Even though Paris has plenty to offer when it comes to organic food and natural wines, we can’t call it easy to find a piece of nature in the city and its surroundings. As it has expanded so fast in the last century, all the suburbians lands that used to feed the Parisians before 1910 are now constructed and often overcrowded. Parisians don’t have a strong tradition of getting away in the nature, most of the time a pic-nic in a park or along the Seine is their favourite way to meet with friends and enjoy a sunny moment. Using a barbecue in a public space is strictly prohibited in the city, so the meal consists mostly in cold salads, bread, cheese, charcuterie, maybe a quiche, and a lot of wine.
Marilyn Brentegani is the kind of person who deeply believes in the connection between plants, health and taste. As an herbalist, she advises people on how they can cure troubles with plants and also regularly take little groups on foraging tours around Paris where she teaches how to recognize wild plants and properly pick them up for consuming. For this Get Away, we asked Marilyn to take us to the beautiful Parc de Belleville in the 20th arrondissement and to show us the many varieties of plants and herbs that grow out there.
We all met at Holybelly, a specialty coffee-shop and restaurant opened this year by Nico Alary and Sarah Mouchot, a well travelled french young couple willing to offer a tasty option for breakfast and lunch. They stand for using almost exclusively locally grown and seasonal ingredients in the kitchen, cooking everything from scratch and not doing it half-way when it comes to quality, quantity and transparency. The coffee beans are roasted up on the hill of Belleville by David Flynn and Thomas Lehoux. The roastery they opened last year together with Anselme Blayney is soberly called Belleville Brûlerie, and it’s a place where all the focus is made on sourcing the beans and roasting them the exact amount of time necessary to release their full flavours according to their own character. By cupping every single batch of coffee, they tend to insure the maximum consistency in its quality. Because Holybelly is only a couple of doors away from the Canal Saint Martin where all of the right-bank-young-people love to gather in the warm summer evenings, Nico started to craft « Cool Brews ». They consist of a hot brewed coffee hand encapsulated in beer-size bottles and then chilled for few hours. They work as a charm to cool down the temperature on a warm day, and that’s what we had as a little apéritif before going out to the park.
We all grabbed our bikes to climb up to the parc de Belleville. Despite the driving rain, Marilyn dutifully showed us what was growing at the moment. We realized how exciting is naming the plants that surround us and discover in what way we can use them. She reminded us that plants are originally here to heal the soil and prepare it for the forest, which is the ultimate stage of nature. A big part of them is edible and provide us with everything we need to sustain a healthy mind and body. An outdoor pic-nic was originally planned but the mad weather led us to gather in a cute tiny studio nearby the Canal. Gerd Vanderostyne had prepared fresh salads and quiches using vegetables collected at the Bastille market and grown without chemicals in Normandie-about 1h30 from Paris.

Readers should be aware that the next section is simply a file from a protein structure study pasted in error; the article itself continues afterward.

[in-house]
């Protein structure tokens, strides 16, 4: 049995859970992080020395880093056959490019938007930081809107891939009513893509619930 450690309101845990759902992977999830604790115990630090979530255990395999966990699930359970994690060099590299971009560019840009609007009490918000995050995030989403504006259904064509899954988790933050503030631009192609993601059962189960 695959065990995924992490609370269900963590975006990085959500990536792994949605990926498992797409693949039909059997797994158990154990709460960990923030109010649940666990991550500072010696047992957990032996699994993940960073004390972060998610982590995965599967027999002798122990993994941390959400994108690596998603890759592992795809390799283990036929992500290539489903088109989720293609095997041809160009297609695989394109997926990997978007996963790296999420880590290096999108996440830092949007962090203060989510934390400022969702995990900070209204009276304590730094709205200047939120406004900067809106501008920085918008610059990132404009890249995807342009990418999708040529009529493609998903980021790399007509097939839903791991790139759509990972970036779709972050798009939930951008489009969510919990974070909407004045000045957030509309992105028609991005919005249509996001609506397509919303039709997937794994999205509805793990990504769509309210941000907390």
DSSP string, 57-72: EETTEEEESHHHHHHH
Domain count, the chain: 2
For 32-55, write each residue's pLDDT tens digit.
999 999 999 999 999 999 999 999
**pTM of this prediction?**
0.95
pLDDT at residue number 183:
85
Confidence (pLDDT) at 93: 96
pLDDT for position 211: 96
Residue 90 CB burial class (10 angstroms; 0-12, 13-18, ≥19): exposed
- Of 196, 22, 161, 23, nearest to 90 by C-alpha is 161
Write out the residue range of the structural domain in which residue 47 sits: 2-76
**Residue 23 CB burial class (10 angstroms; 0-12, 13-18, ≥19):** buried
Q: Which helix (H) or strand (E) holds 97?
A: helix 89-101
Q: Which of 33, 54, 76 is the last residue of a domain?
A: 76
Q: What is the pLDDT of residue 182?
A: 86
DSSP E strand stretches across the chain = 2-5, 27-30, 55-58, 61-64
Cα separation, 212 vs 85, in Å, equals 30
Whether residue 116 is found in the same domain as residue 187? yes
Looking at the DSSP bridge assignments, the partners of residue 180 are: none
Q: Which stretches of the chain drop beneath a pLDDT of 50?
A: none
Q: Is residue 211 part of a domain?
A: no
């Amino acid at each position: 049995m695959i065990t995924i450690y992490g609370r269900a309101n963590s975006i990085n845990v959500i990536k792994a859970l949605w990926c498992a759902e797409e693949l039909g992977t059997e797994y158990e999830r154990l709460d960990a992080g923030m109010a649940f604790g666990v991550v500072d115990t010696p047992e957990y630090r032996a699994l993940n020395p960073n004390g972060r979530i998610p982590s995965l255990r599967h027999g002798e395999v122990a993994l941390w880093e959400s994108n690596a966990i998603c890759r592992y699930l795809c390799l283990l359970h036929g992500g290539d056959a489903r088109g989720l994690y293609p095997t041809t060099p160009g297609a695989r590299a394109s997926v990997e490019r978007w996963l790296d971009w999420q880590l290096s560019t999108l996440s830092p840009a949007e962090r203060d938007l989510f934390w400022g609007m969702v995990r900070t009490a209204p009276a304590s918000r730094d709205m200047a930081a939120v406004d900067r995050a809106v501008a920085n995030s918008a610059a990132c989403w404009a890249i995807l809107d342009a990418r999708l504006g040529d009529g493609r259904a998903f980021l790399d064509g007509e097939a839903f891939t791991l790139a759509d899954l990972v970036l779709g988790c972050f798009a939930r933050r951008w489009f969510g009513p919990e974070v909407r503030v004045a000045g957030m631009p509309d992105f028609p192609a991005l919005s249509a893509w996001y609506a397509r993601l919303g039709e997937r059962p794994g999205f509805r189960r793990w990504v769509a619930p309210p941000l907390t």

As for beverages, we had advised guests to bring a bottle from le Verre Volé, a nearby restaurant and wine cave opened 14 years ago. It’s actually the first natural wine bar in the city and wether you’ve got a clear idea of what you’d like or you’re keen to discover something new, they always come up with the right recommendation. Thomas is one of Le Verre Volé partners, he frequently travels around the country to meet the food and wine producers but you’ll also find him serving at the restaurant by the end of the week. He gave us some advices on wines that would pair up with our diner, amongst them a fresh, fruity and sharp sparkling chardonnay from the Jura region. « Ouf », from the Domaine des Bottes Rouges is made by Jean Baptiste Munigoz who is a winemaker and part time teacher for disabled people.
We wrapped up the diner with a couple of herbal infusions, a delicious apricot pie brought by one of the guests and some summer fruits slathered with elderflower whipped cream. As we were discussing our own way to find nature in the city and our favourite things to bring for a picnic, the belated sun briefly appreared before fading behind the backyard tree. (some parisian courtyards abounds with green leaves !). Before everyone leaves and pass under the massive porte-cochère to ride home on the wet cobbles, we gave a warm thank to Marilyn for teaching us about nature with humility and kindness. We are definitely more conscious of every lump of green surrounding us in the city when we learn even just a tad more about plants.
Photographs by Svein G. Kjøde
Written by Nina Sahraoui